Sunspots are planet-sized regions on the sun’s surface that have increased magnetic shields and often appear dark or black on the surface of our star. These spots are often the originating point of coronal mass ejections or solar flares, which unleash solar energy into space. Amateur astrophotographer Senol Sanli captured one such spot in stunning time-lapse.
The time-lapse was captured by Senol Sanli between December 2 and December 27, 2022. The video follows an evolving cluster of sunspots known as A3176 and A3153, the former is located in the sun’s northern hemisphere, while the latter resides in the sun’s southern regions. Sanli used digital filters to remove other sunspots from the video in order to focus on them during the time-lapse.
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He then shared the time-lapse on his Instagram. The time-lapse is especially interesting because it allows viewers to track the evolution of these two sunspot groups accurately. In December of 2022, astronomers detected more than 113 active sunspots, some of which unleashed dangerous solar flares toward Earth during that time, causing dangerous solar storms on our planet. As the sun rises during the solar cycle, we will see more sunspots on our sun’s surface. Many of them explode in solar flares. Suppose you’re interested in learning more about the evolutionary process that sunspots go through or geek out for anything like this. In that case, I highly recommend checking out the sunspot time-lapse yourself.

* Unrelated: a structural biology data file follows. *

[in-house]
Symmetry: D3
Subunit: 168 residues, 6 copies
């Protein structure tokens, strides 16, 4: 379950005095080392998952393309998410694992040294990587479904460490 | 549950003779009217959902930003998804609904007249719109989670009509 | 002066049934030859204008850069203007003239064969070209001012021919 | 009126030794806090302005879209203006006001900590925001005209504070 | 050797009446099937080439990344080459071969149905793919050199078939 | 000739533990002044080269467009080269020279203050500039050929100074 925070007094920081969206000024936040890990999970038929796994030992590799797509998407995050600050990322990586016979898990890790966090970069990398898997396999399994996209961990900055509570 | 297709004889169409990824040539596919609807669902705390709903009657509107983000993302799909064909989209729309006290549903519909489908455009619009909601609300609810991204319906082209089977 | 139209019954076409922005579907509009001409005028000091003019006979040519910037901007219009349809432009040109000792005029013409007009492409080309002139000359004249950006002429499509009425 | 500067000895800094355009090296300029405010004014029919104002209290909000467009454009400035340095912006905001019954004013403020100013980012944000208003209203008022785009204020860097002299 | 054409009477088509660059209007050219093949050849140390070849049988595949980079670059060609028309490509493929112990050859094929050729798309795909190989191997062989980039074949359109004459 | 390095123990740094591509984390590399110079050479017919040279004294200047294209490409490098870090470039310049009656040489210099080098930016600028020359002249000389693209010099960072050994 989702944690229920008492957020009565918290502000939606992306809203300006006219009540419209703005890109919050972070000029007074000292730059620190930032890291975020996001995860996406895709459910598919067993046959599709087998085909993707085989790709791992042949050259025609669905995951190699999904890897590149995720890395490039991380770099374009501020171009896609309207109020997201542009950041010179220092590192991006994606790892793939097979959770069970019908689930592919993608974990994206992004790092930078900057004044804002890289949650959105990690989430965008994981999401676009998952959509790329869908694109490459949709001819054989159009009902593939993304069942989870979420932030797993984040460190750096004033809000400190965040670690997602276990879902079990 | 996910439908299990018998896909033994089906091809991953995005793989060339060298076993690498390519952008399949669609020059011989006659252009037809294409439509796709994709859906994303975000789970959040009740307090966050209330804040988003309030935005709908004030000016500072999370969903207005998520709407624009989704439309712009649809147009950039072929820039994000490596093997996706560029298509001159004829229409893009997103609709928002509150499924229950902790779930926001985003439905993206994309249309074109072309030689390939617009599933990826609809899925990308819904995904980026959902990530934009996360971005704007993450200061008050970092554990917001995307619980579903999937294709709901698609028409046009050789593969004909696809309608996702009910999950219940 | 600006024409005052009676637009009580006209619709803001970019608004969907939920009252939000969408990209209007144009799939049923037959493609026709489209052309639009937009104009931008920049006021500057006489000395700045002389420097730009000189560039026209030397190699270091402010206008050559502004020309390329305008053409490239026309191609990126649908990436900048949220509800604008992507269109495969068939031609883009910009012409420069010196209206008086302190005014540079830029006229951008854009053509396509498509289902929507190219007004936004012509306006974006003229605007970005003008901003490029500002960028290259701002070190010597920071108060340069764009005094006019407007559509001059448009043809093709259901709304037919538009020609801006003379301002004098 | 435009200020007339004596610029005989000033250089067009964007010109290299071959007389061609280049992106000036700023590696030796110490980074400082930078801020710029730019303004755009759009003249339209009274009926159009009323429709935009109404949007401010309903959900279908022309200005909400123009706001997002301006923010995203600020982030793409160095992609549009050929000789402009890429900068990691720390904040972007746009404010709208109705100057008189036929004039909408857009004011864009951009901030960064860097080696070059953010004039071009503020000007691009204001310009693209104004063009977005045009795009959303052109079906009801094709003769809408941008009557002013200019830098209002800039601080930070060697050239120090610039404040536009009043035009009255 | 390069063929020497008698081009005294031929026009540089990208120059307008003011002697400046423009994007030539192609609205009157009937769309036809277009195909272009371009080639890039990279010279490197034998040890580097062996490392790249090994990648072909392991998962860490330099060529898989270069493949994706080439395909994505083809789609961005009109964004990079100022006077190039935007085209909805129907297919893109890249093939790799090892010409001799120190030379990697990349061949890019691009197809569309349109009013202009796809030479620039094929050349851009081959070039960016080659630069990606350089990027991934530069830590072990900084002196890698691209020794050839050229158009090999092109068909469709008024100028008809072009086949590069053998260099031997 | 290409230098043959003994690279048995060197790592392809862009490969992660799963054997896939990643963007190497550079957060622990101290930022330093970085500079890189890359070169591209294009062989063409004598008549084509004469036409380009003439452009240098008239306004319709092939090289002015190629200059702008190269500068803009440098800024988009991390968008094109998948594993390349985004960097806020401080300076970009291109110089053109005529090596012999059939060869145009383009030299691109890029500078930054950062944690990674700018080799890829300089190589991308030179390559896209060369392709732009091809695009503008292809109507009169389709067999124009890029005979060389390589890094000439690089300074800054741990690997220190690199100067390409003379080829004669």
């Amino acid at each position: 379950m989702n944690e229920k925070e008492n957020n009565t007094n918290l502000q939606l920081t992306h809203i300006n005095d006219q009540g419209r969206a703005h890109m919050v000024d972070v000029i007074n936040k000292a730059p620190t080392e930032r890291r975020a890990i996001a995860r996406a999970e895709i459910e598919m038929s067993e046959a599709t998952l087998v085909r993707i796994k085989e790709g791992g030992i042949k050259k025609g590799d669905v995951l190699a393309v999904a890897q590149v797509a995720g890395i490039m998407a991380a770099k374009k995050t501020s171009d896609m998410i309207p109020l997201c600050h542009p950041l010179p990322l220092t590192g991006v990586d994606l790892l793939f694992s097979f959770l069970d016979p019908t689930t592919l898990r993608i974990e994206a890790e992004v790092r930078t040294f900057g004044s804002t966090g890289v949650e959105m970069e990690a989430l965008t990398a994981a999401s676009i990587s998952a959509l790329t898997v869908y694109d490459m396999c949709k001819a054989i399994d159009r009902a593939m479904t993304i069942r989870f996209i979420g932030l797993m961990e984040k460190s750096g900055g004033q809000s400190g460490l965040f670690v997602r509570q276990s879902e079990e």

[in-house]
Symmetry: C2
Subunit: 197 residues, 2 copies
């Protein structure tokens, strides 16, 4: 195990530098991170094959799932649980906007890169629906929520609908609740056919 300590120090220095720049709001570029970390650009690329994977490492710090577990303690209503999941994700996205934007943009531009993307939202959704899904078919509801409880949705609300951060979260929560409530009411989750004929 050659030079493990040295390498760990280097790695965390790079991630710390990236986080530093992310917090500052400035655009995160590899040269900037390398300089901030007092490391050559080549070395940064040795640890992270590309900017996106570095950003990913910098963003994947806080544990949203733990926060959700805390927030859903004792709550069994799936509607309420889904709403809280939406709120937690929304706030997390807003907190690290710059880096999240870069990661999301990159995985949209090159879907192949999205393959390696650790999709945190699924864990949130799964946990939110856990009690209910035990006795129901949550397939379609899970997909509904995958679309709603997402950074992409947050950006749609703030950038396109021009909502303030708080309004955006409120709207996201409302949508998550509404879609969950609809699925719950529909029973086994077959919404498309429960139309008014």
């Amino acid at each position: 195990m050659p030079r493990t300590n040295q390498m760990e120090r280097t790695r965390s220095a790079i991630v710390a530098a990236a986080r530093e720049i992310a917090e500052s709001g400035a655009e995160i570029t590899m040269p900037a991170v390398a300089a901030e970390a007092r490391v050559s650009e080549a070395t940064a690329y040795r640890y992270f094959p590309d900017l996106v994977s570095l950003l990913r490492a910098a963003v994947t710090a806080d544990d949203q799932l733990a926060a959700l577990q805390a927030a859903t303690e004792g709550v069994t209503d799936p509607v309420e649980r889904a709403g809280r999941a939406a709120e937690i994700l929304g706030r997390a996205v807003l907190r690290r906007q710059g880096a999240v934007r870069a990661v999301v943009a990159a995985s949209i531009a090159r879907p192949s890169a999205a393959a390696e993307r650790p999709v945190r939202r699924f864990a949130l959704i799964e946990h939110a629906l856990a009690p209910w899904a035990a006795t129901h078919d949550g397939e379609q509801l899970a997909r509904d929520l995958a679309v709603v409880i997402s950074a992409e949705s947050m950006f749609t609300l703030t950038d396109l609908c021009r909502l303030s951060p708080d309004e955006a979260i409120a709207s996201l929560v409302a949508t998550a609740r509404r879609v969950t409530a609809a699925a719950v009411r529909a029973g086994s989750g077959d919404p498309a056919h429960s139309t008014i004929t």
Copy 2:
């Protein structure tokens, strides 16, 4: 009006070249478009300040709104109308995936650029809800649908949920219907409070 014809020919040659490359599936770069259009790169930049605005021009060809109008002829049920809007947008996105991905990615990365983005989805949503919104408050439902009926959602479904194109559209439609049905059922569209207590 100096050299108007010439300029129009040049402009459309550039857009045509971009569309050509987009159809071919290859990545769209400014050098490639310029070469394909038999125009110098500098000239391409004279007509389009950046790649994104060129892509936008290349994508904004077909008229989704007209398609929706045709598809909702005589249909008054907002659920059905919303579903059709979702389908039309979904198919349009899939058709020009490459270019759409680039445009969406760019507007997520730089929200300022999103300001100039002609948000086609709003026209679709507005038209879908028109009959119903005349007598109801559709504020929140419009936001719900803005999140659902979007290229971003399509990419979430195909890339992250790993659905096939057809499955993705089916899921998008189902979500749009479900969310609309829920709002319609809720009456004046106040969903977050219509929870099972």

Astrophotographers like Sanli continue to deliver breathtaking visuals of our solar system’s various planets. Others have taken us beyond the solar system and shown us stars in other parts of the universe. As we continue into the year, we will likely see more active sunspots like these groups appearing all across the sun.
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